IDEAS home Printed from
MyIDEAS: Log in (now much improved!) to save this paper

A troubled relationship: corruption and reform of the public sector in development

Listed author(s):
  • Fitzsimons, Vincent G.

Corruption is an issue of increasing visibility in the academic and policy literature on governance and public policy. Whilst it is often talked about, there appears to be some lack of clarity on both its nature and the nature of its determinants. This has led to some increase in the effort to combat it (in light of its significant costs for society) and it is questionable how effective these attempts have been to date. Corruption has a complex relationship with public sector reform. Reform is often executed which has as one of its objectives the control of corruption, but reform itself may be a cause of corruption according to some evidence from recent rounds of economic and public sector reform. The nature of the relationship is complicated by the fundamental nature of public sector reform. This is often ‘dual’ in nature, combining both destructive and constructive phases that redistribute the relative power of internal and external interest groups, create grievances, and present new opportunities for incumbents when compared to the pre-reform position. This paper presents an analysis of some of the data on corruption in relation to public sector reform, and attempts to clarify the nature of the corruption phenomenon in order to answer the question whether corruption can categorically be said to be a problem of public sector reform, or a consequence of it.

If you experience problems downloading a file, check if you have the proper application to view it first. In case of further problems read the IDEAS help page. Note that these files are not on the IDEAS site. Please be patient as the files may be large.

File URL:
File Function: original version
Download Restriction: no

Paper provided by University Library of Munich, Germany in its series MPRA Paper with number 33932.

in new window

Date of creation: 20 Feb 2008
Handle: RePEc:pra:mprapa:33932
Contact details of provider: Postal:
Ludwigstraße 33, D-80539 Munich, Germany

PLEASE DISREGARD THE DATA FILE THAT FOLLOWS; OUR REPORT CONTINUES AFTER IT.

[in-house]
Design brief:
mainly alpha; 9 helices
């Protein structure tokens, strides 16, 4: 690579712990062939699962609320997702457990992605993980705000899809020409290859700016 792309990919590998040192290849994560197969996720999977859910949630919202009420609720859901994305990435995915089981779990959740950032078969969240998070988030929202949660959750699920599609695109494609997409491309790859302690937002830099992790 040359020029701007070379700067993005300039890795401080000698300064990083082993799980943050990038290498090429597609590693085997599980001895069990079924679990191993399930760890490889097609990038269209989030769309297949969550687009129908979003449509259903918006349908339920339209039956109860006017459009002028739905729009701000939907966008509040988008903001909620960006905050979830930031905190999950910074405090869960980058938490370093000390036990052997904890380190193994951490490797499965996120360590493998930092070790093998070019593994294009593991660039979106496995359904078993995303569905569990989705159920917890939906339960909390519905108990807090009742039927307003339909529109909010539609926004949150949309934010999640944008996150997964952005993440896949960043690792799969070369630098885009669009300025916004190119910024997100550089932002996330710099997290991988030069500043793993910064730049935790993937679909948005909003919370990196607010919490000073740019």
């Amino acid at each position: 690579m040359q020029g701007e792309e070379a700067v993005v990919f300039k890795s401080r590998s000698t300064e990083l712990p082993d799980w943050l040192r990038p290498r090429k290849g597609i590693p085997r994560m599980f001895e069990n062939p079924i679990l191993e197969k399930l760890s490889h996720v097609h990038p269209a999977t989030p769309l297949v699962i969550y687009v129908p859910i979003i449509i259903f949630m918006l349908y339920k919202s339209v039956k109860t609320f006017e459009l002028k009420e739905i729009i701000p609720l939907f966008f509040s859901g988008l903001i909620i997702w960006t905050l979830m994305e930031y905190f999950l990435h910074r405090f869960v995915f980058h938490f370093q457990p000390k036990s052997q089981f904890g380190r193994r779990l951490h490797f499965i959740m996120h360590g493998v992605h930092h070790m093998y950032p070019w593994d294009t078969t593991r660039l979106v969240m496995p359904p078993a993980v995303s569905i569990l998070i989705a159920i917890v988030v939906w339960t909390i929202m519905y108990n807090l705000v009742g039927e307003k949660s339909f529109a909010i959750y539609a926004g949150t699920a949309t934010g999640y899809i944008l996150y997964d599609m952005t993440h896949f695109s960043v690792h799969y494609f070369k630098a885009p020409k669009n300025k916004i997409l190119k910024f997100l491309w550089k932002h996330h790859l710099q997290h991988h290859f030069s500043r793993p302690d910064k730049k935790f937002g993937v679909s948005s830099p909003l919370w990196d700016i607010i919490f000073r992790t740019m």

Phone: +49-(0)89-2180-2459
Fax: +49-(0)89-2180-992459
Web page:

More information through EDIRC

References listed on IDEAS
Please report citation or reference errors to , or , if you are the registered author of the cited work, log in to your RePEc Author Service profile, click on "citations" and make appropriate adjustments.:

in new window

  1. Isaac Ehrlich & Francis T. Lui, 1999. "Bureaucratic Corruption and Endogenous Economic Growth," Journal of Political Economy, University of Chicago Press, vol. 107(S6), pages 270-293, December.
Full references (including those not matched with items on IDEAS)

This item is not listed on Wikipedia, on a reading list or among the top items on IDEAS.

When requesting a correction, please mention this item's handle: RePEc:pra:mprapa:33932. See general information about how to correct material in RePEc.

For technical questions regarding this item, or to correct its authors, title, abstract, bibliographic or download information, contact: (Joachim Winter)

If you have authored this item and are not yet registered with RePEc, we encourage you to do it here. This allows to link your profile to this item. It also allows you to accept potential citations to this item that we are uncertain about.

If references are entirely missing, you can add them using this form.

If the full references list an item that is present in RePEc, but the system did not link to it, you can help with this form.

If you know of missing items citing this one, you can help us creating those links by adding the relevant references in the same way as above, for each refering item. If you are a registered author of this item, you may also want to check the "citations" tab in your profile, as there may be some citations waiting for confirmation.

Please note that corrections may take a couple of weeks to filter through the various RePEc services.

This information is provided to you by IDEAS at the Research Division of the Federal Reserve Bank of St. Louis using RePEc data.